Wednesday, December 31, 2008

Our new neighbours are so plastic

Had some new folks move in near the balcony

Indeed the tomato plant in our window by the balcony that once looked like this

now houses a family of three

Tuesday, December 30, 2008

The Post-Christmas Post

Five Christmas Meals
Four Days
Three bowls of custard (sans pudding)
Two Parents Visited
One Messy Apartment

but no Christmas Ham!?!?!?!? I can't believe that the traditional Christmas Ham did not make an appearance at any of our functions. Twas not because inept balcony gardener and family miraculously turned vegetarian overnight, nor did we realise that pigs are beautiful and intelligent creatures (a truth rather than simply a myth created by the producer of Babe) but just an oddity that shall be remedied next festive season.

However here are some piccies of how my new garden joined in the festivities

First we have an updated picture of the Christmas succulent, and yep the big box was for me!!!

The table decoration for the first ever Christmas Eve meal at my place (and yes i omitted ham, but i omitted Turkey too so maybe it was not a traditional meal afterall

And a salad to accompany said meal, with produce entirely procured from the balcony

Suffice to say my mother's face when she saw the garden for the first time was priceless, and I am still smiling from it

Tuesday, December 23, 2008

When is a garden not a garden?

At the 30th Birthday where the marrow dip platter made its grand entrance (though its exit is as yet unknown, i never saw it later in the night) there was one of the best gifts given that i've witnessed in a long time.

Still in its 1970s-esque box was a Magic Garden, this miniature crystal set wherein the garden grows before your eyes. The first attempt to decipher the instructions were met with some confusion and a battering by the wind. The second attempt, held inside the country homestead was much more successful and the magic garden grew and grew throughout the night.

I popped back in sporadically, taking photos when I remembered (campfires, Moet, and citrus vodka don't aid the memory so well). These few shots were the best i could manage to witness its progress.

Such a lovely present, so kitsch yet fun, it kept us late-twenty-somethings (and the birthday 30 year old) mesmerised.

So the question remains - where is a garden not a garden? Is it a garden when there are no flowers? Or is a garden something which mystifies and mesmerises its audience? Or is this just an ersatz Mt Fuji in 'bloom'?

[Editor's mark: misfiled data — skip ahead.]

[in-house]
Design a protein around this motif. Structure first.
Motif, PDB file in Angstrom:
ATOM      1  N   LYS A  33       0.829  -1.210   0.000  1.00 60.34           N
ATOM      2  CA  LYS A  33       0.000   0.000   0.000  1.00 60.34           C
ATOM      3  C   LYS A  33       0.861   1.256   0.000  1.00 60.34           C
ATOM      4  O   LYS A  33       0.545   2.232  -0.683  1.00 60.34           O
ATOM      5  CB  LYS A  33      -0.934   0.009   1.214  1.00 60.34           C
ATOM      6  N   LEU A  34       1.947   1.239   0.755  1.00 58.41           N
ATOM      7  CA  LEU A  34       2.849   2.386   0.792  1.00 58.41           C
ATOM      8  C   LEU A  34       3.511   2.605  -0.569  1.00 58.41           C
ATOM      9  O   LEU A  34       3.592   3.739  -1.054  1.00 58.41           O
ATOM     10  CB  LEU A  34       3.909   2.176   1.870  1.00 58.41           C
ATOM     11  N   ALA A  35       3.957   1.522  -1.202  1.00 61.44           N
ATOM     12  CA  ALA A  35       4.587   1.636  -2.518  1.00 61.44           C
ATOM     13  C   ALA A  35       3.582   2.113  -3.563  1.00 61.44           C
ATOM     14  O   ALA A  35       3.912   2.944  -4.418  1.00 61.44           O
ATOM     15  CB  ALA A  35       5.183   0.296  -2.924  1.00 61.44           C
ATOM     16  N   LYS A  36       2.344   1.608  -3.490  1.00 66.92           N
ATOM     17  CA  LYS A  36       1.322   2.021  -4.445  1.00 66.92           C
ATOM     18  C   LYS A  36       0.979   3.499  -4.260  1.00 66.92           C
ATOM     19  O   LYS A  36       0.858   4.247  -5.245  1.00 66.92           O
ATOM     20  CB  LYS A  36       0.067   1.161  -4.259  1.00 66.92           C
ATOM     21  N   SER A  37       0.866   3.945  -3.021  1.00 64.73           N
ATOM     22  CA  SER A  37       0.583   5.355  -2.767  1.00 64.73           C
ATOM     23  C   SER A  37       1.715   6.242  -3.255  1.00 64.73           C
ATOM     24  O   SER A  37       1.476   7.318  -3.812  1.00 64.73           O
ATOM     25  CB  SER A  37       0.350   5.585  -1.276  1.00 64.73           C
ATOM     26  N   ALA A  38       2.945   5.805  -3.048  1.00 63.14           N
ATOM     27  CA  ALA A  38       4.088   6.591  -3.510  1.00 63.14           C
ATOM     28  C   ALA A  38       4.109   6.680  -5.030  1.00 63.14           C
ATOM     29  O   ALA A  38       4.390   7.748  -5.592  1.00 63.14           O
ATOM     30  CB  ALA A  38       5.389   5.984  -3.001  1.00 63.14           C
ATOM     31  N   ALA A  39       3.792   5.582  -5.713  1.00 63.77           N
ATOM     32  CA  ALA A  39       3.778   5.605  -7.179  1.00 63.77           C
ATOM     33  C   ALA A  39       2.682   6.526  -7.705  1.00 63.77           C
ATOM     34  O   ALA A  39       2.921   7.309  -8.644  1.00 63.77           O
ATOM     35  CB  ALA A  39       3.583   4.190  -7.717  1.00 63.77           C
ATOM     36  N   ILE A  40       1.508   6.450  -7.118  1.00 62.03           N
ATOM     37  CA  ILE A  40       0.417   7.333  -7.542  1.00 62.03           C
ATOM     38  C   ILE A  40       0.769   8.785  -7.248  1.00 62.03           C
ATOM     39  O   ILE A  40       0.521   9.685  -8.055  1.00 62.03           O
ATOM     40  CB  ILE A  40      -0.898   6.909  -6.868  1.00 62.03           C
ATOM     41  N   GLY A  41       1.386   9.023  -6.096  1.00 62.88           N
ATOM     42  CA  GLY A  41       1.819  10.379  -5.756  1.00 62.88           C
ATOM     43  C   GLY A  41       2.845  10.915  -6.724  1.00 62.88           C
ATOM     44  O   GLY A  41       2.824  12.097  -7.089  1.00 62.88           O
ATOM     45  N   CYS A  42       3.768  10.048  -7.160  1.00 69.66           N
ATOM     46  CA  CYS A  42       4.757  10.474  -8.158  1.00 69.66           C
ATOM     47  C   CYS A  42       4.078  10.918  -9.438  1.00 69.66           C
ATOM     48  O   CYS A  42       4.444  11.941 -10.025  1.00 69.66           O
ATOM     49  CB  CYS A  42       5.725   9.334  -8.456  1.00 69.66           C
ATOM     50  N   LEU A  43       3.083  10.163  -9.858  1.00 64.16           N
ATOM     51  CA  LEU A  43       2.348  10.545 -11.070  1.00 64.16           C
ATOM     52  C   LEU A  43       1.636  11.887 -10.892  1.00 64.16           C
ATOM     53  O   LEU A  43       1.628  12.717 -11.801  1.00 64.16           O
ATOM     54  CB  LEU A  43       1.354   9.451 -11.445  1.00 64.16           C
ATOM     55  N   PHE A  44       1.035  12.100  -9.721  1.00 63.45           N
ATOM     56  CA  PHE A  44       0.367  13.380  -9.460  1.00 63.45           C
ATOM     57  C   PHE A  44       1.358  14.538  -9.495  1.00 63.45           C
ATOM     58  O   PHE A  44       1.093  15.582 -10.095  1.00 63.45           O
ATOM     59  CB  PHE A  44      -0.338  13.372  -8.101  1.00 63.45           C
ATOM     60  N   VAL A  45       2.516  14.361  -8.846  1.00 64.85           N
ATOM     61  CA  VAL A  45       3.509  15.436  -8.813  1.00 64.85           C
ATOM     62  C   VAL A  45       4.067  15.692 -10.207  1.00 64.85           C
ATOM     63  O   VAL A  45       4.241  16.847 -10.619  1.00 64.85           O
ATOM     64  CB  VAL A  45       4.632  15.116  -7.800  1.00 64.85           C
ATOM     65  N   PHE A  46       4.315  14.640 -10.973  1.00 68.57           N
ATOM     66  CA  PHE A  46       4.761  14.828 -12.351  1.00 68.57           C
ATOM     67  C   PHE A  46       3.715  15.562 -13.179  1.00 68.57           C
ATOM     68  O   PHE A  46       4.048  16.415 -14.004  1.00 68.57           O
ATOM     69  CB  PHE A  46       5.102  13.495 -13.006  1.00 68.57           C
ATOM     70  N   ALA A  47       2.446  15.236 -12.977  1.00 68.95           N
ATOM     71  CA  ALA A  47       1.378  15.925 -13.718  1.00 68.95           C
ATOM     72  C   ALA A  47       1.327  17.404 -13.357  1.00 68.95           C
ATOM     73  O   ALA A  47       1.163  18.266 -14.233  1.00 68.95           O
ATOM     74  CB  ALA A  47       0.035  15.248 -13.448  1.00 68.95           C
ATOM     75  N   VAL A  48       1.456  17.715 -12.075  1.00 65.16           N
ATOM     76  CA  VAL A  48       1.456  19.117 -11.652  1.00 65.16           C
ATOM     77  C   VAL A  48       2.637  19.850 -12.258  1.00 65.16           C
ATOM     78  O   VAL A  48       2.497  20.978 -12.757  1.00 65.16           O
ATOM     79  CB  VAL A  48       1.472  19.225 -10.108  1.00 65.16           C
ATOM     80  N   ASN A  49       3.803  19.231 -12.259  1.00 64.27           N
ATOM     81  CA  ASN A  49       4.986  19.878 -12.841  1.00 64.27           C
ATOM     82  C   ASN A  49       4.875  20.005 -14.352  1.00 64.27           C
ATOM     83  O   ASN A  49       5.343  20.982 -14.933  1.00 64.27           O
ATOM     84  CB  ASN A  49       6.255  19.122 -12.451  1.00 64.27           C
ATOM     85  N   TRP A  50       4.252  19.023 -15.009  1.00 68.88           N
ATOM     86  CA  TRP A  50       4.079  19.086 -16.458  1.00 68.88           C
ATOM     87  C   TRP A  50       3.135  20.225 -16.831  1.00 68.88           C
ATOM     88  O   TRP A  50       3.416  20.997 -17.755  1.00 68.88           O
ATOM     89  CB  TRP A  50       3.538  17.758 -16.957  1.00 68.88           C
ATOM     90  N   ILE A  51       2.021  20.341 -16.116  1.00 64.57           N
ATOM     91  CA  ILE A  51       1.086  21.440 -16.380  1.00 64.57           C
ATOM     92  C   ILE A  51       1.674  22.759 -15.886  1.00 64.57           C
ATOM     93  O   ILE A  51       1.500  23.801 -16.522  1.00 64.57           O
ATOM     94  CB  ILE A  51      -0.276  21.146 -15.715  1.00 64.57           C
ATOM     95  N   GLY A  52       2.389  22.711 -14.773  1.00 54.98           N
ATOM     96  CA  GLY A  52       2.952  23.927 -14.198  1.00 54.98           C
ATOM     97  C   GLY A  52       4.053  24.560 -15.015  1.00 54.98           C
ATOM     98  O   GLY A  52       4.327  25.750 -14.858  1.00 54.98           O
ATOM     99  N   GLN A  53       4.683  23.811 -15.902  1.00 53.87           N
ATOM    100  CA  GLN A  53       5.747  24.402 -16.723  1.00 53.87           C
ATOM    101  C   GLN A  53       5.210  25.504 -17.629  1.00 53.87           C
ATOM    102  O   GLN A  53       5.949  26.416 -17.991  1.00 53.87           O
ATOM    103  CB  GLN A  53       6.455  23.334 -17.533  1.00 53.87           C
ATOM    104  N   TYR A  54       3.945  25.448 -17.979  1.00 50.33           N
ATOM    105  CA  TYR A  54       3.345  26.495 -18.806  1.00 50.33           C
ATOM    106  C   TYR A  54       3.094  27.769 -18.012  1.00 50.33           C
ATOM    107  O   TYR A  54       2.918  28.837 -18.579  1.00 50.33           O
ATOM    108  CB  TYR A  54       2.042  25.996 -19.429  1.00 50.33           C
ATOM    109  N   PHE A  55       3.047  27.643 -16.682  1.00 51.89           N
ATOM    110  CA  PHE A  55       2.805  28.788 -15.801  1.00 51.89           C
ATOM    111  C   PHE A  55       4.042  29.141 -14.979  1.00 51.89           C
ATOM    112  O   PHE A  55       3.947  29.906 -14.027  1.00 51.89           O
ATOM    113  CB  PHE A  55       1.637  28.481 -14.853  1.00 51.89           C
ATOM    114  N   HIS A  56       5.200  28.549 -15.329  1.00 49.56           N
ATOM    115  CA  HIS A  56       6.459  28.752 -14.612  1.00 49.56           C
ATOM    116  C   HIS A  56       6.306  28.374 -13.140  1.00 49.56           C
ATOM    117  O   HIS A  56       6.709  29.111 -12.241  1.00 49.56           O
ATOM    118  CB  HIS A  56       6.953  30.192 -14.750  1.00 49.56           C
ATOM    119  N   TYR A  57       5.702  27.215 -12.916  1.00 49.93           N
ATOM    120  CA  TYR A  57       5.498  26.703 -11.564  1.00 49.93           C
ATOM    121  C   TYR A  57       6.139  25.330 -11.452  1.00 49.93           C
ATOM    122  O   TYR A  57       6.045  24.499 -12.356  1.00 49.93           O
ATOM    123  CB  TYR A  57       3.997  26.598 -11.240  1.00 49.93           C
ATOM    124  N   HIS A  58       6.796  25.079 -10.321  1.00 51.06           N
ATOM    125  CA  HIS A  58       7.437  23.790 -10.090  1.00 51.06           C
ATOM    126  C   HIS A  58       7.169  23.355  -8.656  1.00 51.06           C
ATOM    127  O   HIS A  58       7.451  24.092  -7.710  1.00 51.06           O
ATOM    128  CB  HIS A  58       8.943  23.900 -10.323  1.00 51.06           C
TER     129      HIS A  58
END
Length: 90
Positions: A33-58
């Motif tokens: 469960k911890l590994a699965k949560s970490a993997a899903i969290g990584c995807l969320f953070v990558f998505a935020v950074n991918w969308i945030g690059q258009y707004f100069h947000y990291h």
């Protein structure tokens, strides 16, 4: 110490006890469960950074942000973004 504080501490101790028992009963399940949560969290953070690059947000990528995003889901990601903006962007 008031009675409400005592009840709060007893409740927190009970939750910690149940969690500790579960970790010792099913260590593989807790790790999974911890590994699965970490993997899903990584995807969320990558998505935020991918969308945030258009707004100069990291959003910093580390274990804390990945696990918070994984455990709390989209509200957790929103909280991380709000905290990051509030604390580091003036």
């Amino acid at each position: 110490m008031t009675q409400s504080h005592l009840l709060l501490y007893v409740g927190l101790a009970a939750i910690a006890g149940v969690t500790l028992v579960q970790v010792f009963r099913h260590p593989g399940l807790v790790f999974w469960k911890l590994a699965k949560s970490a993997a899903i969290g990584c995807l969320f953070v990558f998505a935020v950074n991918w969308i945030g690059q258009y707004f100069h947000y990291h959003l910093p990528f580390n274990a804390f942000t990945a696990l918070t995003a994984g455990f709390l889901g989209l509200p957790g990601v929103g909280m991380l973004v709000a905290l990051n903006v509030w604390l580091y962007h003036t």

Monday, December 22, 2008

The Marrow Mould

I said i would do it, and i actually did!

The marrow from my birth dad's veggie patch became an unusual but well received dip platter, and contained an interesting version of Beetroot and Mint dip.

Awesome party
Awesome dip platter
less awesome dip but will just have to play with the recipe

Saturday, December 20, 2008

The harvest from down south

Not only did my birth family's veggie garden look superb, and the time away from the city provide me with a serenity that you just can't find in a main road abode, but i was sent home with bagloads of vegetable goodness.

Seriously look at it all!

While the marrow will double as a dip container this weekend, and some of the beetroot be the dip that is contained, i have no idea how i could possibly consume the rest of it! What with the wonderful housemate away on the other side of Australia at present, my fellow gourmet off on his overseas academic jaunt, and other friends tied up with Christmas eating elsewhere i think i am going to have to do a quick spot of experimental preservation.

Thursday, December 18, 2008

Inept BG goes as visiting

Ahhhh the festive season is well and truly upon us, which means copious amounts of celebratory activity and catching up with the various relatives and friends spread out around the near (and not so near) vicinity.

I took a quick visit down south(ish) to visit my birth family at their lovely country home, complete with country garden. I took the time to snap a few piccies of their amazing veggie patch and a few other floral goodies around the place. It may not be the balcony but it is just beautiful.

Wednesday, December 17, 2008

Sunset on the Balcony

I took a few pictures of tonight's sunset to send to a friend on his academic voyage in Austria and thought i would share them here.

Balcony Boozing Nearby

I was out and about in North Melbourne last Sunday after a delicious (though servicely-challenged) Yum Cha lunch. We ended up at a local place, the Warehouse, sipping Pipsqueak cider and Gin and Tonics and lapping up the late afternoon sunshine. It it a place that is crowded of an evening, not something Inept Balcony Gardener deals well with, but lovely and chilled during the day, and its quasi-balcony-outdoor-greenhouse area contains some lovely greenery.

Bamboo and Palms add a green tinge to the seating area

Pots a plenty on the walls

Even the toilets contain greenery (albeit half-fake, half-painted)

Tuesday, December 16, 2008

A quick one for Kirsty, orangeness and bug issues